Media Coverage

The work done by Northwestern University Feinberg School of Medicine faculty members (and even some students) is regularly highlighted in newspapers, online media outlets and more. Below you’ll find links to articles and videos of Feinberg in the news.

Reuters 0

When patients do want to explore other options, they should consider the relative risk associated with different types of complementary and alternative medicine, said Dr. Steve Xu of the Northwestern University Feinberg School of Medicine in Chicago. “With topical and oral complementary and alternative medicines, there is a greater potential for harm for adverse events, lesser clinical evidence for efficacy, and unclear manufacturing processes for ingredient purity and consistency,” Xu, who wasn’t involved in the study, said by email.

HealthDay 0

Lipoproteins are tiny, complex particles that transport fat and cholesterol through the blood. “There are a lot of different types of lipoproteins, but the ones that have apolipoprotein B on them are the ones that cause atherosclerosis,” said Dr. John Wilkins, a cardiologist and assistant professor at Northwestern University Feinberg School of Medicine. Wilkins, who wasn’t involved in the report, called the proposal a “very compelling idea” that might show whether older adults can avoid heart attacks and strokes by making sure they have low LDL and apo B levels earlier in their lives.

Chicago Tribune 0

In addition to addiction issues, the harmful effects of alcohol on the brain are even stronger for the developing teenage brain, said Amy Herrold, research assistant professor of psychiatry and behavioral sciences at Northwestern University’s Feinberg School of Medicine. “The parts of the brain that are really important for making decisions … are rapidly developing during this time frame,” she said. “That is why it’s so important for adolescents to treat their brain very carefully.”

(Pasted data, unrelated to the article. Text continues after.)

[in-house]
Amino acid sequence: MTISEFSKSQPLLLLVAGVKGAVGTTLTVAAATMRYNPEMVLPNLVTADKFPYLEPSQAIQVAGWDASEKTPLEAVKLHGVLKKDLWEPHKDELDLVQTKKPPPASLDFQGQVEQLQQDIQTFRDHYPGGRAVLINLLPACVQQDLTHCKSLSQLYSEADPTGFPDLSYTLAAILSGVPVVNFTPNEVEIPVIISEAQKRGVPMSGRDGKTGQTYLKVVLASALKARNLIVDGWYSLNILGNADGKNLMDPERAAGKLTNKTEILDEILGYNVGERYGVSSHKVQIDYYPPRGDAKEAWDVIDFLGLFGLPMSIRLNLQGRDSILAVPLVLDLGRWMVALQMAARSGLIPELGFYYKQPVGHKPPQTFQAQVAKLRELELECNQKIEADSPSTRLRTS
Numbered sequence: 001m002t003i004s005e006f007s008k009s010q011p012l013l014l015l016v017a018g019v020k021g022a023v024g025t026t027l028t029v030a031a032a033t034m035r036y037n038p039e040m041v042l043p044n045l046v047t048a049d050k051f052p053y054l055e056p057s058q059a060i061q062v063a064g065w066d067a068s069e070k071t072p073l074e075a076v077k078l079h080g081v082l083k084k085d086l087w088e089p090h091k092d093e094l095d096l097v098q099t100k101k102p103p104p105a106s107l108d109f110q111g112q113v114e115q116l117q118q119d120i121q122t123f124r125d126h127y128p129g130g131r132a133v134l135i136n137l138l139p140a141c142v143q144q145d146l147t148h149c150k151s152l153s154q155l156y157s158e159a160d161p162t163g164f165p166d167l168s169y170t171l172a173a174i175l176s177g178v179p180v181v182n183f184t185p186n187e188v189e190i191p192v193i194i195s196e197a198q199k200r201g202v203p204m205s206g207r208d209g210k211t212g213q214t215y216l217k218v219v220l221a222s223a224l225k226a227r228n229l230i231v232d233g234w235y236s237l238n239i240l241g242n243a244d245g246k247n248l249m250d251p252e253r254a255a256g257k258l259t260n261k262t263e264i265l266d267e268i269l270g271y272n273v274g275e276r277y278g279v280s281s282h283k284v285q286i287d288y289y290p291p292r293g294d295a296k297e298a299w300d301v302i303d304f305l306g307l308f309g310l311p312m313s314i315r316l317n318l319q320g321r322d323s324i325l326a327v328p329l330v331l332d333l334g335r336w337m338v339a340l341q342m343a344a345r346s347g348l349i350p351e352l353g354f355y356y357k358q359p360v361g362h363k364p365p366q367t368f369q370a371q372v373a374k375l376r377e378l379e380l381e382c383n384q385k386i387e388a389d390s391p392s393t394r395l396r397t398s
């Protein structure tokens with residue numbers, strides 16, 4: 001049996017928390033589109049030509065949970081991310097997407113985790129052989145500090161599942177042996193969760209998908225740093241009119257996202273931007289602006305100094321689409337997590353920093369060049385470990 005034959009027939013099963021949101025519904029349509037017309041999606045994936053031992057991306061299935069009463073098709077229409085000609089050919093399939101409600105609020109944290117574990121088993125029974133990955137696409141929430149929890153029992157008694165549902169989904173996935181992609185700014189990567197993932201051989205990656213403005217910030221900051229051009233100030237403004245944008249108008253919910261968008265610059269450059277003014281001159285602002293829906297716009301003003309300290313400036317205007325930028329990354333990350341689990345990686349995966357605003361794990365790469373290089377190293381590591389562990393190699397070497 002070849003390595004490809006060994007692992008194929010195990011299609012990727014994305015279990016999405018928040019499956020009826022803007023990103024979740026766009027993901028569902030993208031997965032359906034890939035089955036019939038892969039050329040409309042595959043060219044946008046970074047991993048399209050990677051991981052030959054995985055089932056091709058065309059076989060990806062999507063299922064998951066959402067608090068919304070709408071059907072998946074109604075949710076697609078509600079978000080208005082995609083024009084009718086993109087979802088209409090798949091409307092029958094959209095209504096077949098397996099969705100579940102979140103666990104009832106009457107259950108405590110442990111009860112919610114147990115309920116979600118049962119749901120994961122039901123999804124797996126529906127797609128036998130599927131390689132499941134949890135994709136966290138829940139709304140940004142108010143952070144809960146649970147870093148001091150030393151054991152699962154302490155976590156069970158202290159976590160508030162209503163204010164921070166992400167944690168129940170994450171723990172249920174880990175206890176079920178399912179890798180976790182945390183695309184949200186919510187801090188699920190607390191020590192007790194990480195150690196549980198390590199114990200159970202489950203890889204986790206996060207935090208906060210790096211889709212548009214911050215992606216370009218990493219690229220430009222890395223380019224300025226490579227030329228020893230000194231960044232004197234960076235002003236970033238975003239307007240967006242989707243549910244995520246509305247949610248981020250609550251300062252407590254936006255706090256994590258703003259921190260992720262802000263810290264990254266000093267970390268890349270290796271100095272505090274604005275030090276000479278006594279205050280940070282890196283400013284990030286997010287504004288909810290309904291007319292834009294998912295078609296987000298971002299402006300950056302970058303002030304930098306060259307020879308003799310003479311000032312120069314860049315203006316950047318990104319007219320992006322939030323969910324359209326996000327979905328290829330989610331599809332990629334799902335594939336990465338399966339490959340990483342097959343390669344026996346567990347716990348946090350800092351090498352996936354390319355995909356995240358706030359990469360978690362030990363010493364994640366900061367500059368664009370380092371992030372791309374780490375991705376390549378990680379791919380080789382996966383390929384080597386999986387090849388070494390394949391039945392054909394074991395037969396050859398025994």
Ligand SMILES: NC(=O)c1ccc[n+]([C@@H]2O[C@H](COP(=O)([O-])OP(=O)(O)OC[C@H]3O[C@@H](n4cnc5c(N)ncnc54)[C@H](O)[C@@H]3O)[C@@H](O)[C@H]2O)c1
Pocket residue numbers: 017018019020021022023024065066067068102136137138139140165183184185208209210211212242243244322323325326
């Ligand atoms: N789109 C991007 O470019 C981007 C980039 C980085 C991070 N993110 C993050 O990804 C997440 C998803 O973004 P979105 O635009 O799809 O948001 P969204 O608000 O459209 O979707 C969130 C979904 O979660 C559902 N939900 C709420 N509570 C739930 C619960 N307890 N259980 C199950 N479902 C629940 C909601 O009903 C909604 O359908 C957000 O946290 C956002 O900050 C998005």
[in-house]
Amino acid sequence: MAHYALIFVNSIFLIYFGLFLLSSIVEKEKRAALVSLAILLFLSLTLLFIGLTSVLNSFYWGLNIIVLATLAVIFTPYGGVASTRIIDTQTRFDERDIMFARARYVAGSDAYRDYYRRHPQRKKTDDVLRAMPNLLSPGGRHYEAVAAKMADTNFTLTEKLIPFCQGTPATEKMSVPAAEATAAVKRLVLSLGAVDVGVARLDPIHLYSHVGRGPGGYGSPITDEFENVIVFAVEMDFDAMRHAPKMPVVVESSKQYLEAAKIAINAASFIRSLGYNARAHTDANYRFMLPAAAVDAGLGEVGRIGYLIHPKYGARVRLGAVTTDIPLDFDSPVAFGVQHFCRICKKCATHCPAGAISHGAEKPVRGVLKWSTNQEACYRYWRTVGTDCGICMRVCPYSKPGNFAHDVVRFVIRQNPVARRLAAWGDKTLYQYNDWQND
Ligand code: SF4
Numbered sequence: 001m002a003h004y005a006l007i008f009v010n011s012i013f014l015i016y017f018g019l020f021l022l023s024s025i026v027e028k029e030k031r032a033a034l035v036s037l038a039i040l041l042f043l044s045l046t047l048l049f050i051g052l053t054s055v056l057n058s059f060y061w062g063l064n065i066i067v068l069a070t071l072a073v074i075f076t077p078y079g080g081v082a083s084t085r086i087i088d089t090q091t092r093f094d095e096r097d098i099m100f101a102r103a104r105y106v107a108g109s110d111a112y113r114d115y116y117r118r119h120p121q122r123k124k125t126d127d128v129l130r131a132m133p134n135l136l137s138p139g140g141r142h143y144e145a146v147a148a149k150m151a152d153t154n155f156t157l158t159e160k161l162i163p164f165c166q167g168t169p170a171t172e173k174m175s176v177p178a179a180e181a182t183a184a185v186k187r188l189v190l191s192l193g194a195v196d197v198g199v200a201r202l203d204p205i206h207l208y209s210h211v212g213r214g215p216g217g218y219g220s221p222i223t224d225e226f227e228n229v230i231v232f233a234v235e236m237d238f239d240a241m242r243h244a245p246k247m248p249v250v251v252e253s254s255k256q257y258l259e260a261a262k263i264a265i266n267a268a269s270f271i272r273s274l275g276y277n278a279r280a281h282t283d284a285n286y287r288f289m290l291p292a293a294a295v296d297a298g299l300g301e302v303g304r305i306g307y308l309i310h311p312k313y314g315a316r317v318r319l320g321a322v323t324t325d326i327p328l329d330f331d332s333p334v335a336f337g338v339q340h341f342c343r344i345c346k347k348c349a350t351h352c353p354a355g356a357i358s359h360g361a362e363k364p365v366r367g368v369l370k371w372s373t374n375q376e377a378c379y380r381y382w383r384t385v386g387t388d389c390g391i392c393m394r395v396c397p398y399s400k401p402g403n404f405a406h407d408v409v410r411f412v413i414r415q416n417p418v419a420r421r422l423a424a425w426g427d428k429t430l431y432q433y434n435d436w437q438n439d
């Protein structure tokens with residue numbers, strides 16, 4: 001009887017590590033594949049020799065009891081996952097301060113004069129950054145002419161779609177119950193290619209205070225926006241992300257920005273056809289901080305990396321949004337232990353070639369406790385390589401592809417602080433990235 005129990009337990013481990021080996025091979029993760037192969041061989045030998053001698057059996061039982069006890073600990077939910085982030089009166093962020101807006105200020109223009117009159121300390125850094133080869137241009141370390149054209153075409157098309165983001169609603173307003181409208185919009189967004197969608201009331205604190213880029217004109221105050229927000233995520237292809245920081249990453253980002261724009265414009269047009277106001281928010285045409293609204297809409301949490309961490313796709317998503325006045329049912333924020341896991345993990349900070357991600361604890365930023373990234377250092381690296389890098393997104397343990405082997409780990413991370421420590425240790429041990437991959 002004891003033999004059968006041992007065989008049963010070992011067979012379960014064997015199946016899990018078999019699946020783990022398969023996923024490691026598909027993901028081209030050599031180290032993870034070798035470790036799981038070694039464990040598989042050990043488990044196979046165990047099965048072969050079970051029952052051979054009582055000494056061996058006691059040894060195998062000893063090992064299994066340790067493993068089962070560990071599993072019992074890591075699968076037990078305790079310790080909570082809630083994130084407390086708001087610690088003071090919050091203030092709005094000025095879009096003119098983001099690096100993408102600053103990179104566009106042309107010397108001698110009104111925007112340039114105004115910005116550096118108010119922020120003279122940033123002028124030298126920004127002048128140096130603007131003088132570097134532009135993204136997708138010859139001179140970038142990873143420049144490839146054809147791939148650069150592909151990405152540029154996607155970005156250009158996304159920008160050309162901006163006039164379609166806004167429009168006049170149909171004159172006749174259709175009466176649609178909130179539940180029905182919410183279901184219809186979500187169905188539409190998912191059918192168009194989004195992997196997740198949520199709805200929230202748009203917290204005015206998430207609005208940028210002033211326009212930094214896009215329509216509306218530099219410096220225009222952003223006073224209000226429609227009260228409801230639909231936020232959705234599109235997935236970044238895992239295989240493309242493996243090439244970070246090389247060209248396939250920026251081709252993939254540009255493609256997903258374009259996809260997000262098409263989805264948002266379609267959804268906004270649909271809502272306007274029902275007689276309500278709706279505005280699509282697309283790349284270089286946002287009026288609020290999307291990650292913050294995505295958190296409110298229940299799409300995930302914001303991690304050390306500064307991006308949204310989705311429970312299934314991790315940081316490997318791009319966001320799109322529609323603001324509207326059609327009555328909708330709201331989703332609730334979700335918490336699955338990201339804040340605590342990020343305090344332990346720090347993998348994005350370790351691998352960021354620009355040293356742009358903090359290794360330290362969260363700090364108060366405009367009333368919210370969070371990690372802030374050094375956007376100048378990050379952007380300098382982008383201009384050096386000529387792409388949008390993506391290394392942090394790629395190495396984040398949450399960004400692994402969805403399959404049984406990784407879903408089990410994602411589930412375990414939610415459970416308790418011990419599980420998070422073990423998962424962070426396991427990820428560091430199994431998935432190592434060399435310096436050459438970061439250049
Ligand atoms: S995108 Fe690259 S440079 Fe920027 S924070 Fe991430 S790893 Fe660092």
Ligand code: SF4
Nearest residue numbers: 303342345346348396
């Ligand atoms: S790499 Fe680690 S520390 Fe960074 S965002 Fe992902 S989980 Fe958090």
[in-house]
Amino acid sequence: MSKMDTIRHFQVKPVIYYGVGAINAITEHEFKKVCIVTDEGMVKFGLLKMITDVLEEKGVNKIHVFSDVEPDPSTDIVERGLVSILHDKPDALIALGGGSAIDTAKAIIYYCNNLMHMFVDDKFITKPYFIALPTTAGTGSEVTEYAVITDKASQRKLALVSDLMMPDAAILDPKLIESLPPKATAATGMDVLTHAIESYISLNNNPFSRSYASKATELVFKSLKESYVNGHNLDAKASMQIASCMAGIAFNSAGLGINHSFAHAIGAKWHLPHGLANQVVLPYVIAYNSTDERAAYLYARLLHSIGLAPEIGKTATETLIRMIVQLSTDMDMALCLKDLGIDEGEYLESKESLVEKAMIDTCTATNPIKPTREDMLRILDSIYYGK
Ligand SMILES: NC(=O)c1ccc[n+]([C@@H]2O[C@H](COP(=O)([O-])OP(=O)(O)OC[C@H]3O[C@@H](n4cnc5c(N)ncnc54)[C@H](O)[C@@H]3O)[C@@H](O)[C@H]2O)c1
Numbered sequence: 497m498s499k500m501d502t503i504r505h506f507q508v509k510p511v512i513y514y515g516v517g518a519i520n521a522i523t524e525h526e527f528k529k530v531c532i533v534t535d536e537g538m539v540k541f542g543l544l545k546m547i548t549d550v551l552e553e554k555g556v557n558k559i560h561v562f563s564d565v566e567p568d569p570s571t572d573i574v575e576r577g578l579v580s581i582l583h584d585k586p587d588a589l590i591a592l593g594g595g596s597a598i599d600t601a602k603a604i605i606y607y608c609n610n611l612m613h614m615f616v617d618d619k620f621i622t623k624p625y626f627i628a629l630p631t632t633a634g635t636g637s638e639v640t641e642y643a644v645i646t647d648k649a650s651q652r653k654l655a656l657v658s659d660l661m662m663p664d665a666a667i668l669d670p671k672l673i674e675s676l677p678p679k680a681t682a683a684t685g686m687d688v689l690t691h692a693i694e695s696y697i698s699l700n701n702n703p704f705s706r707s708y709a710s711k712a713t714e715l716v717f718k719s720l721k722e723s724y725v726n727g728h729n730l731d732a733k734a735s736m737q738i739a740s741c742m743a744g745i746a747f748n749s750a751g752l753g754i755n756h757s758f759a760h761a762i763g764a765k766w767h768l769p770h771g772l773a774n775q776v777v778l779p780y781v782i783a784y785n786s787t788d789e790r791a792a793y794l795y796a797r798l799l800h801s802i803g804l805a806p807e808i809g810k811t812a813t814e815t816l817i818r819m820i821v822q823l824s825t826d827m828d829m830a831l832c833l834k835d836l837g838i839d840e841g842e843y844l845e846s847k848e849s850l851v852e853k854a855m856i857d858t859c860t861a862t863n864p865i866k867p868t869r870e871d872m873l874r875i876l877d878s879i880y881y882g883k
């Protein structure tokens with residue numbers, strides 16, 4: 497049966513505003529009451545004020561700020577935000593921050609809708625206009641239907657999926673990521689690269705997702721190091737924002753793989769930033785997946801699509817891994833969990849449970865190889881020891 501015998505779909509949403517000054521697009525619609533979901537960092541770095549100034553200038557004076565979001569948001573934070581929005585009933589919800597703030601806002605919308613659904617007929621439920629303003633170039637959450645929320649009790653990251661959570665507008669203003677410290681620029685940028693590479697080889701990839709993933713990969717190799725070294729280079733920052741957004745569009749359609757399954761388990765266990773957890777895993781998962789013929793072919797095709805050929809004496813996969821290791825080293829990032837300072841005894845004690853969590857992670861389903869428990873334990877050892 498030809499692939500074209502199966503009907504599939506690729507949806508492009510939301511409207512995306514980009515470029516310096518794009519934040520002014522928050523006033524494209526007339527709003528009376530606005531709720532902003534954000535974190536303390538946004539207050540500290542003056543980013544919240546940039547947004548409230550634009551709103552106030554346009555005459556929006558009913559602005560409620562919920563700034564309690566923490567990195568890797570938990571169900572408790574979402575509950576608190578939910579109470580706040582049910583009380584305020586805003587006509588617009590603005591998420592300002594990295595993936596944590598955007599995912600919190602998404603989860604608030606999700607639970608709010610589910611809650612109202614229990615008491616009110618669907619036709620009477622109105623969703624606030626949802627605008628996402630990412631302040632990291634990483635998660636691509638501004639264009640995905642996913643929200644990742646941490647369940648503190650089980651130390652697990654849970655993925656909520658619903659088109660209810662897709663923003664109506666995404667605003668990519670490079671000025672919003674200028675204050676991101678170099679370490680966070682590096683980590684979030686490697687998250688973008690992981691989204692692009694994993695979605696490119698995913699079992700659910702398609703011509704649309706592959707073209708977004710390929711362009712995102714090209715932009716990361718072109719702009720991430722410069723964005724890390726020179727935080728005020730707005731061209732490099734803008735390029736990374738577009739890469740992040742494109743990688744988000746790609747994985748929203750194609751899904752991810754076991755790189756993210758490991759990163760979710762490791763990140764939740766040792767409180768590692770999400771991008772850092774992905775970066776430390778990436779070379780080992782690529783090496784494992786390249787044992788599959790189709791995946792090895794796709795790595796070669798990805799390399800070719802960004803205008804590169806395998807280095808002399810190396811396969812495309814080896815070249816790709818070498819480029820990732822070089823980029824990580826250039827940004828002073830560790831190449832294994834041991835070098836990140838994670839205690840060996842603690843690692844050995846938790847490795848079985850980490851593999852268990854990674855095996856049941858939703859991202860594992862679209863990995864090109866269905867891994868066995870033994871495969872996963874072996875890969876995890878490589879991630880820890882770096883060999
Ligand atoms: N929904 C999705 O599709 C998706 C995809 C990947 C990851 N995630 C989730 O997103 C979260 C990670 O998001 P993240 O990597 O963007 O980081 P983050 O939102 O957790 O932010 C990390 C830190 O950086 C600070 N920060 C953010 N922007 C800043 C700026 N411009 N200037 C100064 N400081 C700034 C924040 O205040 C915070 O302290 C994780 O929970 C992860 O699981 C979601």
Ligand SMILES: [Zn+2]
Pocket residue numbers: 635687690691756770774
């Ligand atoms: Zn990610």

Reuters 0

Lori Post, who wasn’t involved in either study, suspects that if the questionnaire had been worded differently, Oertelt-Prigione’s study would have found an even higher prevalence of sexual harassment. “I believe the rate is closer to 100 percent,” said Post, who is director of the Buehler Center for Health Policy and Economics at Northwestern University’s Feinberg School of Medicine. “The difference is in how often and how bad it is.” Post also believes Thurston’s harassment numbers might have been higher if the Pittsburgh team had not excluded women with heart disease from the study, since heart disease could be correlated with harassment.

Reuters 0

For African-American women in the study, the Southern diet explained 29 percent of their excess risk for high blood pressure. Even though a Southern diet rich in fried foods and saturated fat can indeed contribute to high blood pressure, this isn’t the only factor that matters, stressed Dr. Clyde Yancy, chief of cardiology at Northwestern University’s Feinberg School of Medicine in Chicago. Obesity, income, education, can also influence blood pressure, and sodium intake matters for women in particular, Yancy, who wasn’t involved in the study, said by email.